- The editors and some contributors will be signing their book at SIGGRAPH at the CRC booth (#929) at Tuesday, 2 pm. This is a great chance to meet a bunch of OpenGL experts and chat.
- Five free chapters, which can be found here. In particular, “Performance Tuning for Tile-Based Architectures” is of use to anyone doing 3D on mobile devices. Most of these devices are tile-based, so have a number of significant differences from normal PC GPUs. Reading this chapter and the (previously-mentioned) slideset Bringing AAA Graphics to Mobile Platforms (PDF version) should give you a good sense of the pitfalls and opportunities of mobile tile-based architectures.
- The book’s website has an OpenGL pipeline map page (direct link to PDF here). Knowing what happens when can clarify some mysteries and solve some bugs.
- The website also has a tips page, pointing out some of the subtleties of the API and the shading language.
While I’m at it, here are some other worthwhile OpenGL resource links I’ve been collecting:
- ApiTrace: a simple set of wrapper DLLs that capture graphics API calls (also works for DirectX). You can replay and examine just about everything – think “PIX for OpenGL”, only better. For example, you can edit a shader in a captured run and immediately see the effect. Also, it’s open-source and as of this writing is actively being developed.
- ANGLE: software to translate OpenGL ES 2.0 calls to DirectX 9 calls. This package is what both Chrome and Firefox use to run WebGL programs on Windows. Open source, of course. Actually, just assume everything here is open-source unless I say different (which I won’t).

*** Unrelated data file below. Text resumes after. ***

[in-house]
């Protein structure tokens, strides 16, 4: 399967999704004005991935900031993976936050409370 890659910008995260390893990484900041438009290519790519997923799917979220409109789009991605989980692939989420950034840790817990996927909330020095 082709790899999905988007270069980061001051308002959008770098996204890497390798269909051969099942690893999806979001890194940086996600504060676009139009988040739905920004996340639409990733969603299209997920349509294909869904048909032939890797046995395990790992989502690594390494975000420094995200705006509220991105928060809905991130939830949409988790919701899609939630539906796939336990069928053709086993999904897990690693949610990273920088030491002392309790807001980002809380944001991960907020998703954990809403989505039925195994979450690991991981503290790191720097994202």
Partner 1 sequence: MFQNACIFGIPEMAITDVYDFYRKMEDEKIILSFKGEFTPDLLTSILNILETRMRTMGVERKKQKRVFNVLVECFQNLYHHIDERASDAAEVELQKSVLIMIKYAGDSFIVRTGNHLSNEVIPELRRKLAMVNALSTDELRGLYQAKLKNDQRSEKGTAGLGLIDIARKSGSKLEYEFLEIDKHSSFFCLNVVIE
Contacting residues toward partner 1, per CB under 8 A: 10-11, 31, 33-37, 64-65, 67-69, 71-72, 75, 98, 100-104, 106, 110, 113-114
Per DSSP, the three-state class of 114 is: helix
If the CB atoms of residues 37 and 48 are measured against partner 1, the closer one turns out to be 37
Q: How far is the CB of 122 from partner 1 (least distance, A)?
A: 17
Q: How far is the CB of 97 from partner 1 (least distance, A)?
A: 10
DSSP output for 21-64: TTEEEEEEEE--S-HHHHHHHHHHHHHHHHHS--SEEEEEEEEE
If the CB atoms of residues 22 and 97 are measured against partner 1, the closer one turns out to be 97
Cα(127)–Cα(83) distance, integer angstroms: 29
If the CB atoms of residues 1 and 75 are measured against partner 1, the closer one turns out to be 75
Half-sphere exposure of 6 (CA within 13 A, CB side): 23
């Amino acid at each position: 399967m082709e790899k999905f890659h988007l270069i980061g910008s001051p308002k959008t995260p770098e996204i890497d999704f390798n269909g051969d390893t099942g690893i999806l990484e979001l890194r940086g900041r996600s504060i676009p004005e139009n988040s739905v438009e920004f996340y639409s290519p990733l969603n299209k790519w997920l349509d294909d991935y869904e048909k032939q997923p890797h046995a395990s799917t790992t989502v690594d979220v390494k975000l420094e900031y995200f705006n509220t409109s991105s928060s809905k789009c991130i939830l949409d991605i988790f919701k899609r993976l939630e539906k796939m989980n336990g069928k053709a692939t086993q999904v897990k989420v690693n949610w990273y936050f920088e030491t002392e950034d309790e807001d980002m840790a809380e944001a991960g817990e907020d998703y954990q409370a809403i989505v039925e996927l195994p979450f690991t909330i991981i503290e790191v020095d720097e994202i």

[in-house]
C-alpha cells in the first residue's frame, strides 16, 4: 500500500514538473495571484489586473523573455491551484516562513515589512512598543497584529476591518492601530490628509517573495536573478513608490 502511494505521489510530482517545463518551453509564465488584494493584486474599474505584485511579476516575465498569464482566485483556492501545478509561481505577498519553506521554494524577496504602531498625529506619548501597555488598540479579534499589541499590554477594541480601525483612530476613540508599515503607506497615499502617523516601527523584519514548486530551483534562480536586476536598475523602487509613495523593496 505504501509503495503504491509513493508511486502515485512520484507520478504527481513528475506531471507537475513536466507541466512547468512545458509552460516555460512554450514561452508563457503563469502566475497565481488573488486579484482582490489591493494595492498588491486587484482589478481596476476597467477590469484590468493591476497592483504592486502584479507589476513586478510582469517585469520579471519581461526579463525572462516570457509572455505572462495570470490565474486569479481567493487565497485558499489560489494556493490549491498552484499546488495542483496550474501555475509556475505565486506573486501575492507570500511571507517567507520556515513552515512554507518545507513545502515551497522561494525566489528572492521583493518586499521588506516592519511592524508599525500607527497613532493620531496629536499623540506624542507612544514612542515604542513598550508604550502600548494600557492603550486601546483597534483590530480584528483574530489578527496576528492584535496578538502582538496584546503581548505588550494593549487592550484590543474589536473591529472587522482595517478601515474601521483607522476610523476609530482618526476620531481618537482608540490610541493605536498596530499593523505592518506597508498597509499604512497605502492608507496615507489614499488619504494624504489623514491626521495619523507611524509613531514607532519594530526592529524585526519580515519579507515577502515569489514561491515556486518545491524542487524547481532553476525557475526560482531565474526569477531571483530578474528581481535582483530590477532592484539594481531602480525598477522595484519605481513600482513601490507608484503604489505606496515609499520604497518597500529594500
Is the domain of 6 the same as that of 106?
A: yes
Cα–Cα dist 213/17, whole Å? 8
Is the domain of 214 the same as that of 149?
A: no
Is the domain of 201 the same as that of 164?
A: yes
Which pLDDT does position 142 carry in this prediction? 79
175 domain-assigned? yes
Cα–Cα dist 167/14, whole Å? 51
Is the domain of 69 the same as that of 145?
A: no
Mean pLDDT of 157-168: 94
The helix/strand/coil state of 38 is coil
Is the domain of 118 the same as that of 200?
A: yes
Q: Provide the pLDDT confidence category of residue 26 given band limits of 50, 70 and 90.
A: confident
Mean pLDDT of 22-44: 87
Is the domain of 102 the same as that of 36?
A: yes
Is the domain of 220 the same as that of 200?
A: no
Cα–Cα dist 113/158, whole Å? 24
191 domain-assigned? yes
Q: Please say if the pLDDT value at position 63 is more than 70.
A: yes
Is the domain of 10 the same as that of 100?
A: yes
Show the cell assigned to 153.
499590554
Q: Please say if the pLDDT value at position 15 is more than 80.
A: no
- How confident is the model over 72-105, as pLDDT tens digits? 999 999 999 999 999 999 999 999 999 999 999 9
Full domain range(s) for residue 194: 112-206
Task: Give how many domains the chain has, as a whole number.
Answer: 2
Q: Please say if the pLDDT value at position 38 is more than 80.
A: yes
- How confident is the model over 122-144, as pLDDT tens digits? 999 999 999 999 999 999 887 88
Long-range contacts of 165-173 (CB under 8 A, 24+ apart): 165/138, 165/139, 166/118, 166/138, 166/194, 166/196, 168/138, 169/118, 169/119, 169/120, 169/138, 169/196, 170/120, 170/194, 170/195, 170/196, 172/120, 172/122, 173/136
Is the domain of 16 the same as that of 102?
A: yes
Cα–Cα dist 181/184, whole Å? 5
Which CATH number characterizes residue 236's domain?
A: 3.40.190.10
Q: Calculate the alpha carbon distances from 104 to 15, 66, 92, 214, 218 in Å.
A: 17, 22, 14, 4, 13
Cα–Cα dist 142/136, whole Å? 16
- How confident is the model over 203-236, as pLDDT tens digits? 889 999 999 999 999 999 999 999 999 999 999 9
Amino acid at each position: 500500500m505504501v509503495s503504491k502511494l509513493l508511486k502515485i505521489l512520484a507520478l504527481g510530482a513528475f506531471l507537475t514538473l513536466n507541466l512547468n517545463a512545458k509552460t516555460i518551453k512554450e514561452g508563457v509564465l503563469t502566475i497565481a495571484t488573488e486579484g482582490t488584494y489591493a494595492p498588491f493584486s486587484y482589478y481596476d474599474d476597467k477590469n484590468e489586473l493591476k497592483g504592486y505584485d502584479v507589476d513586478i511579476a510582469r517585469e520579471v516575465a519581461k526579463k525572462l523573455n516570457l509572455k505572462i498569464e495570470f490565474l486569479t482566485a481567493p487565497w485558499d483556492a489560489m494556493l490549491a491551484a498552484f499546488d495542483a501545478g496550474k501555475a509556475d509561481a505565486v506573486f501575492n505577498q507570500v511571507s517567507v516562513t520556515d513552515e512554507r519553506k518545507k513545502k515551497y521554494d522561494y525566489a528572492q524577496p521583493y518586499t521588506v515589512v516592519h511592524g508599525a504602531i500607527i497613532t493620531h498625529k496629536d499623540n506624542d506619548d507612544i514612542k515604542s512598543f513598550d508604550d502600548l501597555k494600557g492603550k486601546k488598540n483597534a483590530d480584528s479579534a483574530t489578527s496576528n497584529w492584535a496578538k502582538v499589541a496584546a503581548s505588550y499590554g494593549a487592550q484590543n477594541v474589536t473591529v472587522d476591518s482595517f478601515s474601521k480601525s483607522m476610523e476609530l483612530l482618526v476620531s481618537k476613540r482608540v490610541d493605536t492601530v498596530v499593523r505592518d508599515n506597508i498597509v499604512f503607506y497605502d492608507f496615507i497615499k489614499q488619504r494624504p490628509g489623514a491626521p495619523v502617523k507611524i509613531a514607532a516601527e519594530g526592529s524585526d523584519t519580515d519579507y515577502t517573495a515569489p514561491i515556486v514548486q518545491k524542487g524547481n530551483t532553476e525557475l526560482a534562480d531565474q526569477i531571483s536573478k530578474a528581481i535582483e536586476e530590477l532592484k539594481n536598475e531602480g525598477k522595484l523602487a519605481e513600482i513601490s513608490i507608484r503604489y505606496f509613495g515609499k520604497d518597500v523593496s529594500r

- Microsoft Internet Explorer won’t support WebGL, so someone else did as a plug-in.
- Equalizer: a framework for coarse-parallel OpenGL rendering (think multi-display and multi-machine).
- Oolong and dEngine: OpenGL ES rendering engines for the iPhone and iPad. Good for learning how things work. Oolong is 90% C++, dEngine is pure C. Each has its own features, e.g. dEngine supports bump mapping and shadow mapping.
- A bit dated (OpenGL ES 1.1), but might be of interest: a readable rundown of the ancient Wolf3D engine and how it was ported to the iPhone.
- gl2mark: benchmarking software for OpenGL ES 2.0
- Matrix libraries: GLM is a full-blown matrix library based on OpenGL naming conventions, libmatrix is a template library for vector and matrix transformations for OpenGL, VMSL is a tiny library for providing modern OpenGL with the modelview/projection matrix functionality in OpenGL 1.0.
- G3D: well, it’s more a user of OpenGL, but worth a mention. It’s a pretty nice C++ rendering engine that includes deferred shading, as well as ray tracing. I use it a lot for OBJ file display.
- OpenGL works with cairo, a 2D vector-based drawing engine. Funky.
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